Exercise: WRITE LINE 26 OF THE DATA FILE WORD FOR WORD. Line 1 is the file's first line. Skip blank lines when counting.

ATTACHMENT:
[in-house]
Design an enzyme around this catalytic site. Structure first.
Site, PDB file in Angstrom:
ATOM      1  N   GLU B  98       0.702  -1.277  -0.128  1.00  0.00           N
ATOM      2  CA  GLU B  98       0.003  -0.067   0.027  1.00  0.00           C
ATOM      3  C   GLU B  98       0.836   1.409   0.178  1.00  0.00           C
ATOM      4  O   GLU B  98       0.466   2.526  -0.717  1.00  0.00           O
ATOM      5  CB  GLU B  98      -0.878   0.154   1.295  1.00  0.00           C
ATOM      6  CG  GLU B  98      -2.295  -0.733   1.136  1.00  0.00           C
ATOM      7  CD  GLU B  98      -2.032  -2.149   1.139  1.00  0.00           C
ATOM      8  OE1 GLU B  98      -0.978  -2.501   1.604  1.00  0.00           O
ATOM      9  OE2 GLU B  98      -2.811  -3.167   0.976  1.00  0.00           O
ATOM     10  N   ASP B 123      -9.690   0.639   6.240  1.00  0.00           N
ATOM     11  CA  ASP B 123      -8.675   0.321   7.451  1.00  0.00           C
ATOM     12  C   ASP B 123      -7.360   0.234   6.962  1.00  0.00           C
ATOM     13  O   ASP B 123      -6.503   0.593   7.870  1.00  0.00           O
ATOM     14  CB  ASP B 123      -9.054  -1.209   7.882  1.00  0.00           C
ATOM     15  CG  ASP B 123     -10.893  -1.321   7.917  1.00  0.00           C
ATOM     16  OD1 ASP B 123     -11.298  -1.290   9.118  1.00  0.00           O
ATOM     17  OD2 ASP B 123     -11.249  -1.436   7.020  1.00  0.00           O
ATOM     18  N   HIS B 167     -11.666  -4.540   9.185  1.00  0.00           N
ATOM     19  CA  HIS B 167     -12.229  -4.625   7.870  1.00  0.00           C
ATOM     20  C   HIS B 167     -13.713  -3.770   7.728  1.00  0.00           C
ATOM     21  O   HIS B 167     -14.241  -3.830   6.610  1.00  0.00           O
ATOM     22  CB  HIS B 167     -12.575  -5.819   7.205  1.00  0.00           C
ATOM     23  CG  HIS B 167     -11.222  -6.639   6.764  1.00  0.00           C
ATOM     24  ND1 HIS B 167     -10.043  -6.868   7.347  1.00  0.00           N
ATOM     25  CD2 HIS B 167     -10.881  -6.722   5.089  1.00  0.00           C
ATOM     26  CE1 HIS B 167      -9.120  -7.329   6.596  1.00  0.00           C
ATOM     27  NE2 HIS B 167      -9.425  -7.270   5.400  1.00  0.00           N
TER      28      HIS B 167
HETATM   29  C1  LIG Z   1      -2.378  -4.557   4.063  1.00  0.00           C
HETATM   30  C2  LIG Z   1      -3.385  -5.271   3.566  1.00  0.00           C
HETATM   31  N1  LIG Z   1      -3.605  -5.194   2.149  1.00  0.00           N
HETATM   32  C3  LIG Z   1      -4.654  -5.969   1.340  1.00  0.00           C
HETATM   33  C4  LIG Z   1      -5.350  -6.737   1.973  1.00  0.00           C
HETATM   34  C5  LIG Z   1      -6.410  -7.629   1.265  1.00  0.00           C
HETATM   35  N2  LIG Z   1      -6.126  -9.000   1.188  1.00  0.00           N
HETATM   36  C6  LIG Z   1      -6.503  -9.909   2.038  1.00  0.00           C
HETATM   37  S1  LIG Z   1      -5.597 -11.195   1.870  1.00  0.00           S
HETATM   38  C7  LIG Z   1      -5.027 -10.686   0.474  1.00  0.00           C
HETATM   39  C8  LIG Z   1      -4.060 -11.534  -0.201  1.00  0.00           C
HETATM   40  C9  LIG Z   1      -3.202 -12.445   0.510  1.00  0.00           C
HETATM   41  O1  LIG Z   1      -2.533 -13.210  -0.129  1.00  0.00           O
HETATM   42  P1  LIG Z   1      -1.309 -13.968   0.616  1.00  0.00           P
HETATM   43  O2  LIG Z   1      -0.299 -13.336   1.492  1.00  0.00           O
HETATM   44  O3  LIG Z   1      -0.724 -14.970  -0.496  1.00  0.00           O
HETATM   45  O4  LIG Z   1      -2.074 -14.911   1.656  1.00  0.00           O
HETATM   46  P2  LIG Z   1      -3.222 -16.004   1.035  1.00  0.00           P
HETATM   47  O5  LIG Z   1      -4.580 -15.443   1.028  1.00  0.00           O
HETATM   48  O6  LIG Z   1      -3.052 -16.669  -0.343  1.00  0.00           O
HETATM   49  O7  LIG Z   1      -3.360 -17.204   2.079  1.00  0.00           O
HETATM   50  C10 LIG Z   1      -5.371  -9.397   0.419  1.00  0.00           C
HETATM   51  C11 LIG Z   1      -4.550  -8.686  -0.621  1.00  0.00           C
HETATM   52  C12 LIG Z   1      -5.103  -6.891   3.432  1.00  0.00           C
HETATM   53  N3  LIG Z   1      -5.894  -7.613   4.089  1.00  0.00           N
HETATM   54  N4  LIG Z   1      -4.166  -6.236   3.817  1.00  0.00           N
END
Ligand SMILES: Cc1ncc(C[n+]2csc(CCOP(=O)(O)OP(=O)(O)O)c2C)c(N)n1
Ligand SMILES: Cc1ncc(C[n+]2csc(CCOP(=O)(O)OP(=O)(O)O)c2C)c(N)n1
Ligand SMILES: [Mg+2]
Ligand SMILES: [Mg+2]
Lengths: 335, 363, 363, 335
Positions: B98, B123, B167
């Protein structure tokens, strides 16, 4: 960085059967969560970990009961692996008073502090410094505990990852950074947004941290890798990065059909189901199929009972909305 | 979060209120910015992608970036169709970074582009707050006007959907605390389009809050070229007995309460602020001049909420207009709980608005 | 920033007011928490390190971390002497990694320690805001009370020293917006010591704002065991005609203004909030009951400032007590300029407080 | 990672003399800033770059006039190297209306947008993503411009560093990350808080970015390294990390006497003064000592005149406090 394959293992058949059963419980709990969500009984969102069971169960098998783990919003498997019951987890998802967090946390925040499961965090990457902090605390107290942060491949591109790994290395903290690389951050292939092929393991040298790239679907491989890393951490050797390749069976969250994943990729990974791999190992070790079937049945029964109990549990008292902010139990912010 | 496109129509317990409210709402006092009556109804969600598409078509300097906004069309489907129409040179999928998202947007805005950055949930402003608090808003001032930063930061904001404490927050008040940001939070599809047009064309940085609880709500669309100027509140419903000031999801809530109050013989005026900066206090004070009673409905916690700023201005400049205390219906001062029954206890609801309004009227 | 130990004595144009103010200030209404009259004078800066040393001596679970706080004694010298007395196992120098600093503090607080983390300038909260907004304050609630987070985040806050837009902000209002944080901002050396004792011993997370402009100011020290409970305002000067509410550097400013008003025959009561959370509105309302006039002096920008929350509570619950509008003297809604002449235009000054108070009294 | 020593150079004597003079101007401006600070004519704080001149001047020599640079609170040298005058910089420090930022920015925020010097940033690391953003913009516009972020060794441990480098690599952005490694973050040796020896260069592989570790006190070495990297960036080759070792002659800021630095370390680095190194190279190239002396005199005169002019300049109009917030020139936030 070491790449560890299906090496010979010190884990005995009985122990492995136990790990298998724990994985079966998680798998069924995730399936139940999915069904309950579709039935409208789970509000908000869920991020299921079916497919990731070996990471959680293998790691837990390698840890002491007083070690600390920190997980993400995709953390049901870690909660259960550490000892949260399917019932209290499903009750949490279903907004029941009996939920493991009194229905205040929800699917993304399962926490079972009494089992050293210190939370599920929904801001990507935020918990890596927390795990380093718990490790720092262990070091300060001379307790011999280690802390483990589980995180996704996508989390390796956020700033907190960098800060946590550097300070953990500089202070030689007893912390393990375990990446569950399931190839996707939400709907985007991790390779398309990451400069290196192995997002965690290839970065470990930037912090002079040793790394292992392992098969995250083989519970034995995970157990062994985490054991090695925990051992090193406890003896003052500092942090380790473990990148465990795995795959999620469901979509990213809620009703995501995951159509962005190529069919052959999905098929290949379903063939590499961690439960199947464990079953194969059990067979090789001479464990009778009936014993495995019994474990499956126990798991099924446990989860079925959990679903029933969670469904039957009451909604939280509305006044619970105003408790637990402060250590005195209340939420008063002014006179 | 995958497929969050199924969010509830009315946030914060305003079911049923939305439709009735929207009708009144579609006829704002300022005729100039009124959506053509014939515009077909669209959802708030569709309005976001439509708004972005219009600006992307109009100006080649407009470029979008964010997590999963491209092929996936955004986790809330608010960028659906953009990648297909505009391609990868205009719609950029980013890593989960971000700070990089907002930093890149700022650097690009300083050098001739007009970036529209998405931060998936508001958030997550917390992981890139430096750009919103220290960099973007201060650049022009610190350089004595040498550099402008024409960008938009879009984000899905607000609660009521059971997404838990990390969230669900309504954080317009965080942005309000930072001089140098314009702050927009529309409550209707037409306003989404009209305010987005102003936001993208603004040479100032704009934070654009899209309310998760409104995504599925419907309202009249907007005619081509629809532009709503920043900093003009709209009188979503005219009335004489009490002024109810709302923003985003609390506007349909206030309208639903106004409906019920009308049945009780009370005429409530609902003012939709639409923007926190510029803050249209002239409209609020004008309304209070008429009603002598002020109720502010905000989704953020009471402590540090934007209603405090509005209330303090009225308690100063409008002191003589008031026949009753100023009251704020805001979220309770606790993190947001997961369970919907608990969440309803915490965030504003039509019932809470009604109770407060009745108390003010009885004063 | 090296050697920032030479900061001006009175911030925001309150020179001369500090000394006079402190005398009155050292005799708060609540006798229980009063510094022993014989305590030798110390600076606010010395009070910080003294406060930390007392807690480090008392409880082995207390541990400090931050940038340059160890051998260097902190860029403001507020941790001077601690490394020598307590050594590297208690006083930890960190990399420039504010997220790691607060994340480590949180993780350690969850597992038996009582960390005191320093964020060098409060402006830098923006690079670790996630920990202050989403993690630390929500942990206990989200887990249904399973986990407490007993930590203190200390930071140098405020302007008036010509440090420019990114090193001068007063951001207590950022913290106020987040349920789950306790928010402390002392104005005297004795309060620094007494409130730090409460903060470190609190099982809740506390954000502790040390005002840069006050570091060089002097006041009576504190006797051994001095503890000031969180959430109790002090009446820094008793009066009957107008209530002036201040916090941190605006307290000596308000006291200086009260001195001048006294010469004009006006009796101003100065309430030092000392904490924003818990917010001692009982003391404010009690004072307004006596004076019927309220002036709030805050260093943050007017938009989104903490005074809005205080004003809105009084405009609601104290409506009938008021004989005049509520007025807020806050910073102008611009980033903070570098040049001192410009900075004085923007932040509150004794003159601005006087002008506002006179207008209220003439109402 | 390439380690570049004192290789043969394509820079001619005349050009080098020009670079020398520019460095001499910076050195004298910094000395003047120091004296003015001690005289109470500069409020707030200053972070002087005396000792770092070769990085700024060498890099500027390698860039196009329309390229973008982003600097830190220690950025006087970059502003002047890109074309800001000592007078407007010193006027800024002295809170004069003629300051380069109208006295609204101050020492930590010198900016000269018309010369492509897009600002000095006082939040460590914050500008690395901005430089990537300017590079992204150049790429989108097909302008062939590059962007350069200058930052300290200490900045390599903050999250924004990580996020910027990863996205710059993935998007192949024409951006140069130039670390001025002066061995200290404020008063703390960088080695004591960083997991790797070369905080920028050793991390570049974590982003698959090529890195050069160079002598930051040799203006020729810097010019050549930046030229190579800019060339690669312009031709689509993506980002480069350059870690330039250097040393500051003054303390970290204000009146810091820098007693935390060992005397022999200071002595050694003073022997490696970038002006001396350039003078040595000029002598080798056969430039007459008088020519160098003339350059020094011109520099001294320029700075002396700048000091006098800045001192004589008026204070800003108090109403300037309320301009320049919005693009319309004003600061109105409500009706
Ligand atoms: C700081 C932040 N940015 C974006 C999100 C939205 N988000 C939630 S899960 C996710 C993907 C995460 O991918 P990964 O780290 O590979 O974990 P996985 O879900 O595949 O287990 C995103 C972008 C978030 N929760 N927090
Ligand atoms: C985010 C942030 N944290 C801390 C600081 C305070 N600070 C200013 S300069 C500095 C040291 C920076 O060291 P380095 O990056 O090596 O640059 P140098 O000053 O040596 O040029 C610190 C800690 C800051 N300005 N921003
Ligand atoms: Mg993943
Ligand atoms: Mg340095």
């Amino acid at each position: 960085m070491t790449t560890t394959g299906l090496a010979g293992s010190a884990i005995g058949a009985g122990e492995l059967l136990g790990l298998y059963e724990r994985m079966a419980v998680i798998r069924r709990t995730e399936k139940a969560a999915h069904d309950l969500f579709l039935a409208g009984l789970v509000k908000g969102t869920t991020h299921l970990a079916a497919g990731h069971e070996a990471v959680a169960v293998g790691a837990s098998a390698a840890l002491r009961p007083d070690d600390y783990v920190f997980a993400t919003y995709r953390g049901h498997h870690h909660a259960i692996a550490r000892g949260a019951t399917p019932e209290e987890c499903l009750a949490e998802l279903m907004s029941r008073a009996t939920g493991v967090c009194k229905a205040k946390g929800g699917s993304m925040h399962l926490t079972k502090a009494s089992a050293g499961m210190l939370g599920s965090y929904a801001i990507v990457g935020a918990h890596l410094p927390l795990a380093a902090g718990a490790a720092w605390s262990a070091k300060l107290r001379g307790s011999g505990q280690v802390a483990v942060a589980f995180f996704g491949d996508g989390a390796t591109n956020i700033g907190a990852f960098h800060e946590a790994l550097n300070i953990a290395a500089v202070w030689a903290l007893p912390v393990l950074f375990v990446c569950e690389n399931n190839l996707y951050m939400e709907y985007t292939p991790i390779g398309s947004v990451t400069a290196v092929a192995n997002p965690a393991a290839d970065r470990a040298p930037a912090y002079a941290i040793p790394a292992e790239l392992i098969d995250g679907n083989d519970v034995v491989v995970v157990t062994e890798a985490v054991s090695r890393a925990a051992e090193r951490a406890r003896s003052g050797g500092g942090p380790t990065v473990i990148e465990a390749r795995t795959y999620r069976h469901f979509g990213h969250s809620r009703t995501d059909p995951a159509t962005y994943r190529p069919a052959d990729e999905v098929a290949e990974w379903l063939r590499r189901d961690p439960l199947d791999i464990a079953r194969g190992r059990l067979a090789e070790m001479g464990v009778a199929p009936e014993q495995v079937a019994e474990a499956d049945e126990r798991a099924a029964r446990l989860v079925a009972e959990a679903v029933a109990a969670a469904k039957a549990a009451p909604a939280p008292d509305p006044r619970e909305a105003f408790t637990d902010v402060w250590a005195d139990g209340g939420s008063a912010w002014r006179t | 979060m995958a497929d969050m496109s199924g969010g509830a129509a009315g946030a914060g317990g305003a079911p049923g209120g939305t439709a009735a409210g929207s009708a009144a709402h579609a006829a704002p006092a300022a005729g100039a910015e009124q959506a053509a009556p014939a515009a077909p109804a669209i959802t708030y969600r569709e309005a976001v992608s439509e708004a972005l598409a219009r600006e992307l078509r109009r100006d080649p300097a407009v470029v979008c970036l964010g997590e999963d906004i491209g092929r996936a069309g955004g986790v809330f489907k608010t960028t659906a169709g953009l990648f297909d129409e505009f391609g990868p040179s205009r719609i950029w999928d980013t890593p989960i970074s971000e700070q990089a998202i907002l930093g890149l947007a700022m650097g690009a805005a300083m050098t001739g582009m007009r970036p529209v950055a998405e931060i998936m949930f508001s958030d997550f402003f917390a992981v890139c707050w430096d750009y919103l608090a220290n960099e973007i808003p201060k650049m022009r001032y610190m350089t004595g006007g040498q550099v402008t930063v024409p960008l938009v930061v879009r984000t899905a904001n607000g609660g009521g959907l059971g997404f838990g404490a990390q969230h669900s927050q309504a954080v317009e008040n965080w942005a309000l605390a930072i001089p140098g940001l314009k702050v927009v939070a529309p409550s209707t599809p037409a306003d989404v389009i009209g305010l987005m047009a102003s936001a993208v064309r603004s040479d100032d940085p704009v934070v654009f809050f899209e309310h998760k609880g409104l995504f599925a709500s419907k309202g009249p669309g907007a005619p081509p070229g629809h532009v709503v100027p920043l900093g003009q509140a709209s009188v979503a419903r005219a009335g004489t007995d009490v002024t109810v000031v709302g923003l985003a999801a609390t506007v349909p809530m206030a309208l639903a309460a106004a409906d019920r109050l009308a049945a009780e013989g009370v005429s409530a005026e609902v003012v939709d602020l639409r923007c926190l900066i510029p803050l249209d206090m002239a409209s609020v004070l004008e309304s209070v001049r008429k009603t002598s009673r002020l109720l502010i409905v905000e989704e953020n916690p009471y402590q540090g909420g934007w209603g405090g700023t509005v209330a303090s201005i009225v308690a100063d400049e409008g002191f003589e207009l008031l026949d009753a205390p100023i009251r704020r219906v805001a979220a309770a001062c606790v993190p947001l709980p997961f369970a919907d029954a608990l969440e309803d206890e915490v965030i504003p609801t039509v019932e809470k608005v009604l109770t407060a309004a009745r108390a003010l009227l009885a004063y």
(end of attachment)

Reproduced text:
ATOM     23  CG  HIS B 167     -11.222  -6.639   6.764  1.00  0.00           C